Welcome to my next trip report, covering our big summer trip, which had us staying at some great hotels in Italy and Greece, and spending way too many hours in Emirates first class (if that’s possible).
Planning the trip
The planning for this trip started with a great first class fare that Emirates published late last year for travel between Canada and Milan. The best part was that you could route via the US and Dubai and have stopovers, so this was an opportunity to rack up a huge number of Alaska miles. Ford and I hadn’t yet planned a big summer trip, so we decided to jump on this.
It has been years since I’ve been to Milan, so we figured we should spend a few days there. However, our ultimate destination was Greece, which Ford has been to many times, though I haven’t been there in over a decade. Getting between Milan and Greece was easy enough.
To start we booked the following itinerary in Emirates first class, for travel between Vancouver and Milan:
05/30 WS1702 Vancouver to Los Angeles departing 7:45PM arriving 10:35PM
06/02 EK216 Los Angeles to Dubai departing 4:40PM arriving 7:30PM (+1 day)
06/04 EK205 Dubai to Milan departing 9:45AM arriving 2:20PM
06/16 EK206 Milan to Dubai departing 2:05PM arriving 10:10PM
06/17 EK215 Dubai to Los Angeles departing 8:55AM arriving 1:55PM
06/17 WS1699 Los Angeles to Vancouver departing 8:15PM arriving 10:59PM
The fare was ~$3,100 per person. That’s of course a lot of cash, though we earned a lot of Alaska miles. For example, Ford matched to MVP Gold 75K and earned about 107,000 Alaska miles. I value those miles at about two cents each, meaning he earned over $2,100 worth of miles.
I fully realize that’s still a lot of cash, but as someone who has sometimes bought Alaska miles in the past, I view my real “out of pocket” on this transaction as being significantly less than what we paid for the tickets.
While in Greece we decided to visit Santorini and Porto Heli (outside of Athens), so then we had to book three intra-Europe flights.
First we booked EasyJet from Milan to Santorini. Being able to fly nonstop is awesome, and I’ve long been curious to try EasyJet. Our tickets ending up costing about $100 per person, and that includes a seat in the exit row and a carry-on bag, which I’d consider to be a great deal. Here’s the flight we booked:
06/07 EZY2959 Milan to Santorini departing 6:55AM arriving 10:40AM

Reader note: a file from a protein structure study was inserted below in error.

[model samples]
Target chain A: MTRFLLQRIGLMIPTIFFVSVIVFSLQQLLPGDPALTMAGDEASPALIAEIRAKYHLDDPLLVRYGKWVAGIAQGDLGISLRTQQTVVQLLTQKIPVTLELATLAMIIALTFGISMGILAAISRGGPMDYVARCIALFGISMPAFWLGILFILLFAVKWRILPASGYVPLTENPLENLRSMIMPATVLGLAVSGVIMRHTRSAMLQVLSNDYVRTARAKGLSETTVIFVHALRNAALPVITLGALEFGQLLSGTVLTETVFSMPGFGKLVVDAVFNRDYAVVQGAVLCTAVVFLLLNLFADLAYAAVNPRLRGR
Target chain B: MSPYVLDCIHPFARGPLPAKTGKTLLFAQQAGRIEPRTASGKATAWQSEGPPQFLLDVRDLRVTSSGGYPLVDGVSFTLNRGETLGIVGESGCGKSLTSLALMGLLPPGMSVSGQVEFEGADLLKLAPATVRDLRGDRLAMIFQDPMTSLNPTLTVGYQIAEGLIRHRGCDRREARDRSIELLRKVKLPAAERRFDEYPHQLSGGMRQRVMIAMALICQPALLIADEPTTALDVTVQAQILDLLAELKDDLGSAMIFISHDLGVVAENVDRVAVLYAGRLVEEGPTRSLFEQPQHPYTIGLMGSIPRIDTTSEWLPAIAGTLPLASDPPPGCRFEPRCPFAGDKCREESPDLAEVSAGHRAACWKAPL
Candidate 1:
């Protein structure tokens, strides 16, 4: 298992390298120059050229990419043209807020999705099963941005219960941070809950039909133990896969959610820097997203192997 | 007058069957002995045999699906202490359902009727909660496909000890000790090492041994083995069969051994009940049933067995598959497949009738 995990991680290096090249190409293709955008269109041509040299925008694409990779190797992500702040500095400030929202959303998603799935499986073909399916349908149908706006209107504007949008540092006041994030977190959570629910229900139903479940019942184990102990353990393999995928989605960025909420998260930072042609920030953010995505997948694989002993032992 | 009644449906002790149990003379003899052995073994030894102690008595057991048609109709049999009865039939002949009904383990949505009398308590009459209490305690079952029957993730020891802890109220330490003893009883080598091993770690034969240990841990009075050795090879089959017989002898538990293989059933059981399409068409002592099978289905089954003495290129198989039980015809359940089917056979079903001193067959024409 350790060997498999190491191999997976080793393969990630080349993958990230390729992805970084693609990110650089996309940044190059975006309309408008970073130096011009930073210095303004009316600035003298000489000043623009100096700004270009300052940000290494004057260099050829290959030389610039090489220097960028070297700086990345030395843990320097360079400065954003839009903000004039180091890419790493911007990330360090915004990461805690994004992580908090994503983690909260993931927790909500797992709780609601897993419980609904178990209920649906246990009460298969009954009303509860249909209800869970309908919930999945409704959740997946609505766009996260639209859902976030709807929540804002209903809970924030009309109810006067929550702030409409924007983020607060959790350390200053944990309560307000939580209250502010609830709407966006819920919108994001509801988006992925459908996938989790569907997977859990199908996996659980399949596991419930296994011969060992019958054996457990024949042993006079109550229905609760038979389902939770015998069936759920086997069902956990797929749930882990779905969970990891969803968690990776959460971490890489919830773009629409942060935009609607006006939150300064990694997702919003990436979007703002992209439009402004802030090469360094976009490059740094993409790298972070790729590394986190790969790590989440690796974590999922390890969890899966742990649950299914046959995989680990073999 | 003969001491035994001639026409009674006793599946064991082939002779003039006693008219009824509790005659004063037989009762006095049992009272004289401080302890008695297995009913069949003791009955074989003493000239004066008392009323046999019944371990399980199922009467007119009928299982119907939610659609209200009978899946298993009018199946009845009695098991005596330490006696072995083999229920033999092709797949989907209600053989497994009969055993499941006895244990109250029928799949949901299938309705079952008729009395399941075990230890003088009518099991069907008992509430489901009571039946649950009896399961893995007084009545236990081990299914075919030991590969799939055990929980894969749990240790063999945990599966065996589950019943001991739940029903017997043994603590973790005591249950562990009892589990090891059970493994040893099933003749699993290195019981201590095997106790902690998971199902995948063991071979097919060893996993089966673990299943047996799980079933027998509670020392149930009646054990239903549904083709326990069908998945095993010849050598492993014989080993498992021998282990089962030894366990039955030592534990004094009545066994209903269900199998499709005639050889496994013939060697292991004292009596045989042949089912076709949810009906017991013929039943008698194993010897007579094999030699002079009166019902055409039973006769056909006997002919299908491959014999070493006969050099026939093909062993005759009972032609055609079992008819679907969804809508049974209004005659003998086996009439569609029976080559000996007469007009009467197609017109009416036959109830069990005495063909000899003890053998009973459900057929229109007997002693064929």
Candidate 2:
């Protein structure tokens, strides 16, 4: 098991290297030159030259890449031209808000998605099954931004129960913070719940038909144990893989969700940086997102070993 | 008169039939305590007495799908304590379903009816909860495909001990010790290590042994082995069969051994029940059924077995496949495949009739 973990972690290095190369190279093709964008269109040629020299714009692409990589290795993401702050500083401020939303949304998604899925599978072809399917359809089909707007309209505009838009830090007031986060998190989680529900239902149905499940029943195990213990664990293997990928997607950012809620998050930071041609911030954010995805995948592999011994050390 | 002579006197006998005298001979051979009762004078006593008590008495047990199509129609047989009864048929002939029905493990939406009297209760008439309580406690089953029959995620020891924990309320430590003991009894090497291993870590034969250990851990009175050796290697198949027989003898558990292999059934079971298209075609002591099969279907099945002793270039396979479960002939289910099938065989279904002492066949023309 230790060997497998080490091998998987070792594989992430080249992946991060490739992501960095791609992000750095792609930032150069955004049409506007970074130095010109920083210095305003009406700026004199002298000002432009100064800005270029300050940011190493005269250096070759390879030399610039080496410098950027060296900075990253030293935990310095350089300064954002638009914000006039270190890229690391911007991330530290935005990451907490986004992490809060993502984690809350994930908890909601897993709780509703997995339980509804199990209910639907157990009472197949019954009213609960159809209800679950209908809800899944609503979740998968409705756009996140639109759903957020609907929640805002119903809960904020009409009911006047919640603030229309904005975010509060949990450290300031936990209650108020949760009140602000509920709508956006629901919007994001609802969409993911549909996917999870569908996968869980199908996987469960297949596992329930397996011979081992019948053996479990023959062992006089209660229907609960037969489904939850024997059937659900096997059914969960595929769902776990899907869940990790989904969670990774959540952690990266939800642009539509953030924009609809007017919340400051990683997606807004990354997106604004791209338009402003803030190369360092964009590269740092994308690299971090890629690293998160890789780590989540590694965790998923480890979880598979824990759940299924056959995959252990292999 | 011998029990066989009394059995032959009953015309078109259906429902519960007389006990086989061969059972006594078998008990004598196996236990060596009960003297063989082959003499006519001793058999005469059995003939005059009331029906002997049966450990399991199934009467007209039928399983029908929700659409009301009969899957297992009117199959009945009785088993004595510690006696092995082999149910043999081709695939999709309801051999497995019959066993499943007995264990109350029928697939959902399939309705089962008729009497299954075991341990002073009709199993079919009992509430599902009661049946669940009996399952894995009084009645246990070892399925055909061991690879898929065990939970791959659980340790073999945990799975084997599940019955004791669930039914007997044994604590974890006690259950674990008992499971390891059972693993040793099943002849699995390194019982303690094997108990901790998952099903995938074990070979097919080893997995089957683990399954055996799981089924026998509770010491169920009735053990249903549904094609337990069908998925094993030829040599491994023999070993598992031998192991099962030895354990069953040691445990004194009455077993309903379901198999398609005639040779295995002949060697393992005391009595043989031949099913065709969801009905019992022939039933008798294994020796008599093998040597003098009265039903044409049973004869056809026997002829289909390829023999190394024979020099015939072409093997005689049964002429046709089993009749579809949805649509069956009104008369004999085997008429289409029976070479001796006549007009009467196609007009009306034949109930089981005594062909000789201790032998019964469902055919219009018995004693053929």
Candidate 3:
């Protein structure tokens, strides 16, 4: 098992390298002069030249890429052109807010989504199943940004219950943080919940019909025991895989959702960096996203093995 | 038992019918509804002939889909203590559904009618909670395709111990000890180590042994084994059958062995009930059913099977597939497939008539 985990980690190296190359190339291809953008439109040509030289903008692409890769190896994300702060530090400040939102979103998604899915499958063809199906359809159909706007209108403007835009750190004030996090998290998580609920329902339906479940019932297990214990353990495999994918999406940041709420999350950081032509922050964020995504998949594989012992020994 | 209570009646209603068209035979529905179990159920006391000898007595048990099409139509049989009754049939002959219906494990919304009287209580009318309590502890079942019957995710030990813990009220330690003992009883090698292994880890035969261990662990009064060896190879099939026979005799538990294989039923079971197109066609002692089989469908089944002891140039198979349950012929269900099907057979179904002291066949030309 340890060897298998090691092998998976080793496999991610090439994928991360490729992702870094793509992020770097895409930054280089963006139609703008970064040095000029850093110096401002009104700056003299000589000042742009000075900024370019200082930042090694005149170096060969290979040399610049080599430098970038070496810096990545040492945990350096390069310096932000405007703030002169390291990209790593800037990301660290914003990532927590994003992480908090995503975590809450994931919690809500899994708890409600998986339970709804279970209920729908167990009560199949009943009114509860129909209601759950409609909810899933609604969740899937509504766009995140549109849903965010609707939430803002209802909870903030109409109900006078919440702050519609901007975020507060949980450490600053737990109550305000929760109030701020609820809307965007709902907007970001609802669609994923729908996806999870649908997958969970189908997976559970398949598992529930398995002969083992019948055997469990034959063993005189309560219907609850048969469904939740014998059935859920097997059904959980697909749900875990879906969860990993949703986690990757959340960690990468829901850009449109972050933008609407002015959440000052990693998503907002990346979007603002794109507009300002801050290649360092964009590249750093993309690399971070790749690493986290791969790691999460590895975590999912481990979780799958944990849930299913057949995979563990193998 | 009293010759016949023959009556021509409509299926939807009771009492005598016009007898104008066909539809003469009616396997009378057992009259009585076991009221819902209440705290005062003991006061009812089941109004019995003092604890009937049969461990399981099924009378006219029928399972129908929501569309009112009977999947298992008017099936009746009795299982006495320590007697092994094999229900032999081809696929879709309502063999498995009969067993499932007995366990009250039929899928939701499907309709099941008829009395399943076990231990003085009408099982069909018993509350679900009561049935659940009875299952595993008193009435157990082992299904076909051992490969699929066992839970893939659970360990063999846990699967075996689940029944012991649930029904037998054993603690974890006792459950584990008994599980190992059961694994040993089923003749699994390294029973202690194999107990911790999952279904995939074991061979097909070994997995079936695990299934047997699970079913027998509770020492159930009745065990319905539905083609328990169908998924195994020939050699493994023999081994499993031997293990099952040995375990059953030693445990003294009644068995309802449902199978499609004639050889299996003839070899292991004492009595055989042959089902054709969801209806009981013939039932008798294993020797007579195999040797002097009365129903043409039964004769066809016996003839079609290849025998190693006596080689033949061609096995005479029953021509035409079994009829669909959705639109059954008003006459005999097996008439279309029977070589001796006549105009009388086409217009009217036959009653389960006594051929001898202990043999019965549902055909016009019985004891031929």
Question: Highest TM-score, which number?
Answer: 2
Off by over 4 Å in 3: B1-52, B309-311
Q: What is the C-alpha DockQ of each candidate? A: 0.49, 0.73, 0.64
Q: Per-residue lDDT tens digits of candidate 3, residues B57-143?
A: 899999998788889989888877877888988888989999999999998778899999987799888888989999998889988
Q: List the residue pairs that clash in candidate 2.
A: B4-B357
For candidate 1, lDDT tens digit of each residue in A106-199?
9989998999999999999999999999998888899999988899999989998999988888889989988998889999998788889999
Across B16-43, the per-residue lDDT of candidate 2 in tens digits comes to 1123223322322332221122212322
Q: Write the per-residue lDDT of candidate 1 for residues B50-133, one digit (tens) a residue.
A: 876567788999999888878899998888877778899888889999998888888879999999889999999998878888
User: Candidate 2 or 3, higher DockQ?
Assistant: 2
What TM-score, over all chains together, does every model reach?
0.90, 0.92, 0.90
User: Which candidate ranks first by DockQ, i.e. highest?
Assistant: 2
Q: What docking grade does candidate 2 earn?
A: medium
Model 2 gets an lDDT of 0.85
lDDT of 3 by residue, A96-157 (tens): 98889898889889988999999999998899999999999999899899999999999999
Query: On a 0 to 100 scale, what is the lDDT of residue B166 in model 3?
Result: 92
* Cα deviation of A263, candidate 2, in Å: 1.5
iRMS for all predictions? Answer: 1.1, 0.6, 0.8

Then after four days it was time to fly to Athens, so we booked a flight on Volotea (a Spanish low cost carrier) to Athens, which cost about $60 per person:
06/11 V74111 Santorini to Athens departing 10:40AM arriving 11:30AM
Lastly, to get from Athens back to Milan to meet up with the rest of our ticket, we booked Aegean economy for about $100 per person, on the following flight:
06/16 A3660 Athens to Milan departing 8:35AM arriving 10:10AM
In the end, our entire routing looked as follows, and covered over 26,000 flown miles:
For this trip we had quite a few hotel stays, including:
- 3 nights in Milan
- 4 nights in Santorini
- 4 nights in Porto Heli (outside of Athens)
- 1 night at Athens Airport
- 2 nights in Dubai (one in each direction)
While I’ll cover all the details of how we booked the hotels in the individual installments, I’ll share the basics in this post.
In Milan we decided to stay at the Park Hyatt Milan for 30,000 World of Hyatt points per night. I applied a Globalist Suite Upgrade to confirm a suite at the time of booking.
For our four nights in Santorini we decided to stay at Mystique, which is the Starwood Luxury Collection property. We booked this using the Citi Prestige fourth night free benefit. I had seen so many pictures of this hotels on spg.com over the years, so it was surreal to finally see it in person.
Then for our next four nights we stayed at Amanzoe in Porto Heli. Amans are expensive, though also worth every penny if you can swing it, in my opinion. The service, setting, and just everything, is unrivaled. I can’t wait to share our experience there.
Then we had one night in Athens before our early morning flight to Milan, so we decided to stay at the Sofitel Athens Airport.
We also had two nights in Dubai — on the outbound we had a roughly 14 hour layover, and on the return we had a roughly 11 hour layover. Our outbound was eligible for Emirates’ complimentary transit hotel, so they put us up at the Le Meridien near the airport. That was… an interesting experience.
For whatever reason the return flight wasn’t eligible for the free stopover hotel. So we decided to try the Dubai International Airport Hotel, which is the transit hotel located airside. I’ve always wondered how this hotel is, and it seemed ideal for such a quick stay, since we wouldn’t even have to go through immigration.
I’m skipping some installments
As usual, I’m skipping some installments in this trip report, so that it’s not too repetitive:
- We spent about 50 hours in Emirates first class, which was enjoyable, but I figure there’s not much value in reviewing the return flights from Milan to Dubai to Los Angeles, since they were fairly similar to the outbound; I will review the Emirates Lounge Milan, though
- I don’t have a whole lot to say about our 30 minute Volotea flight from Santorini to Athens; the airport was hell, I got yelled at for taking a single picture, and there was no service, so…
- I shared my impressions of Aegean economy in a separate post, and don’t feel like there’s a whole lot else I can add there
Other than that, I should be covering most other aspects of the trip in this report.
Ford and I had an amazing trip, though I did have mixed feelings about some of the flights and hotels, so stay tuned for that. Like I said, I’ll have a lot more information on the hotel booking processes in the individual installments. Thanks for reading!